You see, that workforce Macky is so eager to get rid of is really the "consumption force".
      As more and more employees from US companies lose their jobs,consumption will continue to slow. Resulting in more and more job loses.
      In the end, corporate greed, and a corupt congress will have eliminated the desposable income that drives the economy. Your stock won't be worth the paper it's printed on, and since every payroll dollar will be commited to obtaining food, fuel, and shelter, It really won't matter how much VF pays for labor.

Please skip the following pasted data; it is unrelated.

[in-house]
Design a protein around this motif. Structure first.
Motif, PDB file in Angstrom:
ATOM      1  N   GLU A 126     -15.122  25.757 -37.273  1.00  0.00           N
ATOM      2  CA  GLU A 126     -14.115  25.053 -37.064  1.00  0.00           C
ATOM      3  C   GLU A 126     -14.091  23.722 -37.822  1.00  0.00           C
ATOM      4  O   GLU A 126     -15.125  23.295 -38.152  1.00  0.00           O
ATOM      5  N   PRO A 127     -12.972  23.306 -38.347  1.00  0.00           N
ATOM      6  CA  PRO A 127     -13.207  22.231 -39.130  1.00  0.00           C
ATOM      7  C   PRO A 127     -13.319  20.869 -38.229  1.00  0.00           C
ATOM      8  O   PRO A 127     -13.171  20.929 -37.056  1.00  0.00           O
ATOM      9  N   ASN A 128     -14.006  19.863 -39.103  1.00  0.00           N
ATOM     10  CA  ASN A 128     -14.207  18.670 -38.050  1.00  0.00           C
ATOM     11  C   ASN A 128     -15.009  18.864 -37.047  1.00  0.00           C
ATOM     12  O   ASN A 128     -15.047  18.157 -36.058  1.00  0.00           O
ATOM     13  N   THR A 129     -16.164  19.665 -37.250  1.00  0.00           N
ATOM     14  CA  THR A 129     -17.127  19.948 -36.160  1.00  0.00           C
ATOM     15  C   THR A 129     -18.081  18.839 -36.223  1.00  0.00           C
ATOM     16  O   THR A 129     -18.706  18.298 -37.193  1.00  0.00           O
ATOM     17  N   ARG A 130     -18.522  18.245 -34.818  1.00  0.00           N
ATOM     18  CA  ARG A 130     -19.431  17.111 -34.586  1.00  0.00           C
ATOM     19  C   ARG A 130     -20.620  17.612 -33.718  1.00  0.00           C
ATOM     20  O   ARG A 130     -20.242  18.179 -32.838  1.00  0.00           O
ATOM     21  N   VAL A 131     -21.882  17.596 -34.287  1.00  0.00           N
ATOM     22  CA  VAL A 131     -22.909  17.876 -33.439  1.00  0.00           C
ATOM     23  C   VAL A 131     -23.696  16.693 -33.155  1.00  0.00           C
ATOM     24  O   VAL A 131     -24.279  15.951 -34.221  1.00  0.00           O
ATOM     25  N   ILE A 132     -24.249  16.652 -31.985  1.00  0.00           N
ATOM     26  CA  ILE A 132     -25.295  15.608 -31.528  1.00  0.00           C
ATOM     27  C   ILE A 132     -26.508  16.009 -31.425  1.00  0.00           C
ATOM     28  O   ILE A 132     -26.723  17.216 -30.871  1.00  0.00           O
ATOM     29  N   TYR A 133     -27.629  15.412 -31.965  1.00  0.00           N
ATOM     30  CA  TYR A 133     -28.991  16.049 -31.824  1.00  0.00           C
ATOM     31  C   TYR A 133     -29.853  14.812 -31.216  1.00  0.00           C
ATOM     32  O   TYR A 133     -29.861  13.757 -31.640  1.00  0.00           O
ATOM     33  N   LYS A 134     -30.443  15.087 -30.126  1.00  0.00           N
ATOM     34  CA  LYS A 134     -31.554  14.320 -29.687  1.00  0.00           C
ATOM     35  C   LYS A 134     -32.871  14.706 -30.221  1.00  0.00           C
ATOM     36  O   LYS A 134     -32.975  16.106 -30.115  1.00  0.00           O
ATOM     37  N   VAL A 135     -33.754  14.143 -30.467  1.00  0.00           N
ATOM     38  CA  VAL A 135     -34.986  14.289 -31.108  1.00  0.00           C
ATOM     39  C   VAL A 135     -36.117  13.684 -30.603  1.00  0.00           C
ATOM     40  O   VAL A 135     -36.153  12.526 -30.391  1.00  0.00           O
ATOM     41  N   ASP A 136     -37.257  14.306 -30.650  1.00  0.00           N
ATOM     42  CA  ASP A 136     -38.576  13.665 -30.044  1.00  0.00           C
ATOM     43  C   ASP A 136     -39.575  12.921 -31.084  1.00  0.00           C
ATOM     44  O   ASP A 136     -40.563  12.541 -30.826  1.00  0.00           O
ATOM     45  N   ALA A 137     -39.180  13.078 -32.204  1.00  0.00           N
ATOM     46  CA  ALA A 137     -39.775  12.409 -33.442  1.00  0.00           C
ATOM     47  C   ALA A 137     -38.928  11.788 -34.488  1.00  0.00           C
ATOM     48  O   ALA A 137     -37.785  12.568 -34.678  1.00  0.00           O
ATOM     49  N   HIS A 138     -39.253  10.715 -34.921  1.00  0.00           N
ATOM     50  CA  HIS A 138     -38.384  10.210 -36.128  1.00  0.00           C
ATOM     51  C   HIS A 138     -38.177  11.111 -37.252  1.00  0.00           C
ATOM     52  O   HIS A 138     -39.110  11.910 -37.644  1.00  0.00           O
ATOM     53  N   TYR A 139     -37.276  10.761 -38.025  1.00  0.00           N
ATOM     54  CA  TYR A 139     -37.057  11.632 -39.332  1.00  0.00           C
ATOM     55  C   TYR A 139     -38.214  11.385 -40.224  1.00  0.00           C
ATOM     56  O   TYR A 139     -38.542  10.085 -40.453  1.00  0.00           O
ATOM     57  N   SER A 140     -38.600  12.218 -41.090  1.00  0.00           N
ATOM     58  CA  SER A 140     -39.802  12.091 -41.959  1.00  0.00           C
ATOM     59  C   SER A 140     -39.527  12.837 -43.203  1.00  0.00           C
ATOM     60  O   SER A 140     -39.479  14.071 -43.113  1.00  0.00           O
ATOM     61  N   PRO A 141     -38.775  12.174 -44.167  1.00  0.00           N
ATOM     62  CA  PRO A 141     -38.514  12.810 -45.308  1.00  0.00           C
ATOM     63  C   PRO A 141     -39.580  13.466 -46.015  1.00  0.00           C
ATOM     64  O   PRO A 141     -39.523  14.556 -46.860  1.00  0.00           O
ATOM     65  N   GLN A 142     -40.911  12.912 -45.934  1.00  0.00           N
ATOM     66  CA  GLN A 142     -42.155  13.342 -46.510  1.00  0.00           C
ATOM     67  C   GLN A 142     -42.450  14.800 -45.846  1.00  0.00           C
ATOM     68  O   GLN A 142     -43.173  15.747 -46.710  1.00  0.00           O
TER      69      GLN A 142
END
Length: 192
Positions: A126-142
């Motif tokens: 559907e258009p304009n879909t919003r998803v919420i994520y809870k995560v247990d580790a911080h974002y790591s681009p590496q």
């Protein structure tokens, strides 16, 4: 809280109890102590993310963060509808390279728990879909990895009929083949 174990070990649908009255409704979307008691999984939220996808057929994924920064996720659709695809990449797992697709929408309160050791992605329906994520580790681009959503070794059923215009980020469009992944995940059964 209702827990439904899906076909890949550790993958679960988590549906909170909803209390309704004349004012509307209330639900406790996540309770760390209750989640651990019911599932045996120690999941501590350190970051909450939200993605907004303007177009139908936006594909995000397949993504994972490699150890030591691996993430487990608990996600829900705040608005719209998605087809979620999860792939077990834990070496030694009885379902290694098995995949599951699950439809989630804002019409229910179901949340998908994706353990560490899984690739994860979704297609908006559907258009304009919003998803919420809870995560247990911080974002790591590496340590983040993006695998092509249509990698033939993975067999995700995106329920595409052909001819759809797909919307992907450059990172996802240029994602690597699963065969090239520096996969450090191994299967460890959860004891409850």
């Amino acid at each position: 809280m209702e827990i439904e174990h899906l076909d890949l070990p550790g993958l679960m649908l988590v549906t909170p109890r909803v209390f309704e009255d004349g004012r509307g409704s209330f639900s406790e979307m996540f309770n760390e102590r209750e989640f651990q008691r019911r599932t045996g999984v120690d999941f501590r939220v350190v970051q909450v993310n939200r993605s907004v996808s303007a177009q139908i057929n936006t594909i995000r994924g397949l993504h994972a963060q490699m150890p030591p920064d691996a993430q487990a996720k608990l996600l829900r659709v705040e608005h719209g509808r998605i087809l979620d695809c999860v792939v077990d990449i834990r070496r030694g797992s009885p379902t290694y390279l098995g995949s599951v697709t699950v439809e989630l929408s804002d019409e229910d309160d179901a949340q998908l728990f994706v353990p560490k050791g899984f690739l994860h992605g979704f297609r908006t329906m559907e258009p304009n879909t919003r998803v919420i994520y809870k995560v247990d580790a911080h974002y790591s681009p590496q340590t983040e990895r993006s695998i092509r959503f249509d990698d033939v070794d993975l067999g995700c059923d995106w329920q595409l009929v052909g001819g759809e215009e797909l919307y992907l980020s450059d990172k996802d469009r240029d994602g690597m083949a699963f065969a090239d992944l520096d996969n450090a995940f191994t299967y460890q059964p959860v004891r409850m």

• Oh, Eggy, I have more!!!


    • Chubster,

      Looks like you rolled out every egg y(j)oke in the book.

    • Random_anus,
      Click on her last message and then click on her name and you will see a pic of the little hottie.